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Subject: Re: chess and neural networks

Author: Rolf Tueschen

Date: 01:17:28 07/02/03

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On July 01, 2003 at 18:20:12, Fernando Alonso wrote:

>On July 01, 2003 at 15:46:06, Ralph Stoesser wrote:
>
>>Right, that's what I intend with my question. During a 'normal' chess game a
>>chess engine has to face often positions where the difference in evaluation
>>between let's say the 5 best moves or so is very small. In such circumstances a
>>trained neural network maybe could help to find good positional moves better
>>than a classical evaluation.
>>
>>Ralph
>
>I agree with you, that is the important point. To put it in other words, can I (
>a patzer) with my little chessknowledge, beat Fritz 8 using Fritz 8 to analyze
>the moves I my brain "thinks"?. I am sure there is a level of playing were
>someone using a program can beat easily the same program playing alone. But can
>that knowledge be implemented in neural networks?


What knowledge? For the moment nobody addressed Tom's objection IMO. Chess is
very concrete.

Now what you all are saying that there existed a "knowledge" to find "good"
positional moves. Of course our human GM have that knowledge. It is a mixture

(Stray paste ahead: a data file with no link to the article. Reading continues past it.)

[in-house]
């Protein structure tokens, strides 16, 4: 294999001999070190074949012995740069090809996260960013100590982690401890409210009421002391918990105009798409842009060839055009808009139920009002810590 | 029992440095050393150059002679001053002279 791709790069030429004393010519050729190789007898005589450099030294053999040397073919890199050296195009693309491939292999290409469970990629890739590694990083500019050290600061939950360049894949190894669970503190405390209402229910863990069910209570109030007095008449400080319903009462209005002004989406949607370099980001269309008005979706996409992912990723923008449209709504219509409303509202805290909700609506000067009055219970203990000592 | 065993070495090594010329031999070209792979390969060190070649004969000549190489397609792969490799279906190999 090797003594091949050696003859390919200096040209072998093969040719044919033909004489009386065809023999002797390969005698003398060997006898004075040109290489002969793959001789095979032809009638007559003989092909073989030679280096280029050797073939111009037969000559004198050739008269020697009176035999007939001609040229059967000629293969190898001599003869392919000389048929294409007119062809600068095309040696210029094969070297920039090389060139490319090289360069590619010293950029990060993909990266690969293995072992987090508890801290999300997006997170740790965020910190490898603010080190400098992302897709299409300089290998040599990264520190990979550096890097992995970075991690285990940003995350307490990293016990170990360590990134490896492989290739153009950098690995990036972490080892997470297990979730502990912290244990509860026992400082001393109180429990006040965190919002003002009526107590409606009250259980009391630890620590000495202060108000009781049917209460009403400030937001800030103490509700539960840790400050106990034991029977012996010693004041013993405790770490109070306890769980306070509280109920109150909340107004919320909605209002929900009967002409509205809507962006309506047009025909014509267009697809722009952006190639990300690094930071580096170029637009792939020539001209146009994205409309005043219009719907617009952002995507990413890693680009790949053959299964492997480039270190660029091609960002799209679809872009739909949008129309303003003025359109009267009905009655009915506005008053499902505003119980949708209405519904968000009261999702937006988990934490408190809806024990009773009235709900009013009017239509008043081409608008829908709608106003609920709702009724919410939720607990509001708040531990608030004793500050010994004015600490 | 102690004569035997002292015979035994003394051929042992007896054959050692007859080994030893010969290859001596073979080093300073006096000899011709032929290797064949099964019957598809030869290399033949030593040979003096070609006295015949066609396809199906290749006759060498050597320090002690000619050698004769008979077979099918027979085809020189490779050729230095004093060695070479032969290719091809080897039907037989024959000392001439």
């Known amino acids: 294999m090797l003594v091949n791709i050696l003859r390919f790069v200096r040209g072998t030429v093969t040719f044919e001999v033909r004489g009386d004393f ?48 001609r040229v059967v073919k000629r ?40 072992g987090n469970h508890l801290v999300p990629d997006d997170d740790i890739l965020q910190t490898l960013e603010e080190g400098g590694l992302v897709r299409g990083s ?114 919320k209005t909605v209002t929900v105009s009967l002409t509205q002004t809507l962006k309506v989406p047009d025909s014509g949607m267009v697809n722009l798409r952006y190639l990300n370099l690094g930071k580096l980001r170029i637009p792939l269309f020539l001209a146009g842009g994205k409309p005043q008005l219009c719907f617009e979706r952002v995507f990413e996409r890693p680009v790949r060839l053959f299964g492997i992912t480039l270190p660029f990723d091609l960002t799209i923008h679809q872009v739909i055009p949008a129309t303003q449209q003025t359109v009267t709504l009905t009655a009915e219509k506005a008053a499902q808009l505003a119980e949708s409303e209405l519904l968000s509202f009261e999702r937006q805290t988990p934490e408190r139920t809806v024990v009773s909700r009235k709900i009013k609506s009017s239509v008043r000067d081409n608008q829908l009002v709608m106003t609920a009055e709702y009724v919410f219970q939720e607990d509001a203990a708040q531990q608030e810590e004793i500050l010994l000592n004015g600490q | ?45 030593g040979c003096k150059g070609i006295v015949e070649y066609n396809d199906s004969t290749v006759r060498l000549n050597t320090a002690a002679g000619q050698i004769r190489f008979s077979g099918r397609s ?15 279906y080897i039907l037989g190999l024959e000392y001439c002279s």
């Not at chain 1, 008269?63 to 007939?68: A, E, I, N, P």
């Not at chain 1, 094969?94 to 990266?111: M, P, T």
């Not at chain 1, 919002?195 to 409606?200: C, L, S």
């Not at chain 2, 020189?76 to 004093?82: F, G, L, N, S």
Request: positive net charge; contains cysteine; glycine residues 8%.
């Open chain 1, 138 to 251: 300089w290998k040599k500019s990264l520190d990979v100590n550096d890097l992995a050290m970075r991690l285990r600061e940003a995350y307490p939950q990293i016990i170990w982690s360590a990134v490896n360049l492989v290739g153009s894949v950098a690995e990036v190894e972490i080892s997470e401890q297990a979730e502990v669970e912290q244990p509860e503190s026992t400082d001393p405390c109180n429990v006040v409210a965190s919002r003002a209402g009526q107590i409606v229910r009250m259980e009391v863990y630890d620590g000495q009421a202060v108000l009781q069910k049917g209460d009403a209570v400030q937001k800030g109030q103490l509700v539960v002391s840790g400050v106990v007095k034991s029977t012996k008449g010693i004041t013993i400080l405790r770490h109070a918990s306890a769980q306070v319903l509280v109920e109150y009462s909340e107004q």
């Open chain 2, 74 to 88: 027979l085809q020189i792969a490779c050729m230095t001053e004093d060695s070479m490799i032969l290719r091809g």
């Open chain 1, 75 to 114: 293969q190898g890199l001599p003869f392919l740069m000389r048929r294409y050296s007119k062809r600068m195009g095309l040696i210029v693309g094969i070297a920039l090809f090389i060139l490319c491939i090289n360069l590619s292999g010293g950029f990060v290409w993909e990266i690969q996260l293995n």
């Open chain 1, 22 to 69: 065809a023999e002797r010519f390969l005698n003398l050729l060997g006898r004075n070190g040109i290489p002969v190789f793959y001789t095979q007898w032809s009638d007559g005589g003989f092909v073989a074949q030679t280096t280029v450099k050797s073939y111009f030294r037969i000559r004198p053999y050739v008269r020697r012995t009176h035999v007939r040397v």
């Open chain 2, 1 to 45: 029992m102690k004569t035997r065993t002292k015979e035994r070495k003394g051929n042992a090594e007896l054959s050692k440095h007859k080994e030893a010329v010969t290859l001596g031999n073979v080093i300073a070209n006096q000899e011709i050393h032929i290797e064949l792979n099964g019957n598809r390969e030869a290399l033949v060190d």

out of the evaluation of the very concrete position, deeper (later) consequences
and again very concrete calculations for these _later_ positions. I dont see why
"fuzzy" approaches should do that job better than the "classical" evaluation.

What you in special are proposing is NOT a question of "knowledge" but simply
one of cheating. You know exactly the "thought process" of a program. So you can
always discover a difference in the evaluation of the final position. Now the
trick is to invite the machine to go blindly for a big difference which is then
the win for you. This is typically the approach of smart amateurs with weaker
chess talents. [Dreihirn comes to mind.] But real chess is something else. A GM
does NOT win because he's a clairvoyant but because his judgement (combining the
very concrete with the general experience for the actual and then later
positions) is "better". A weaker chessplayer has no adaequate judgement at all.
I cant see why neural networks should have one - where should it come from? Out
of the blue?

Again, you simply didn't address Tom's objection that "sometimes" it is very
important where your Rook is standing. Very concrete. How to handle that
"sometimes" it is "important"?

Rolf



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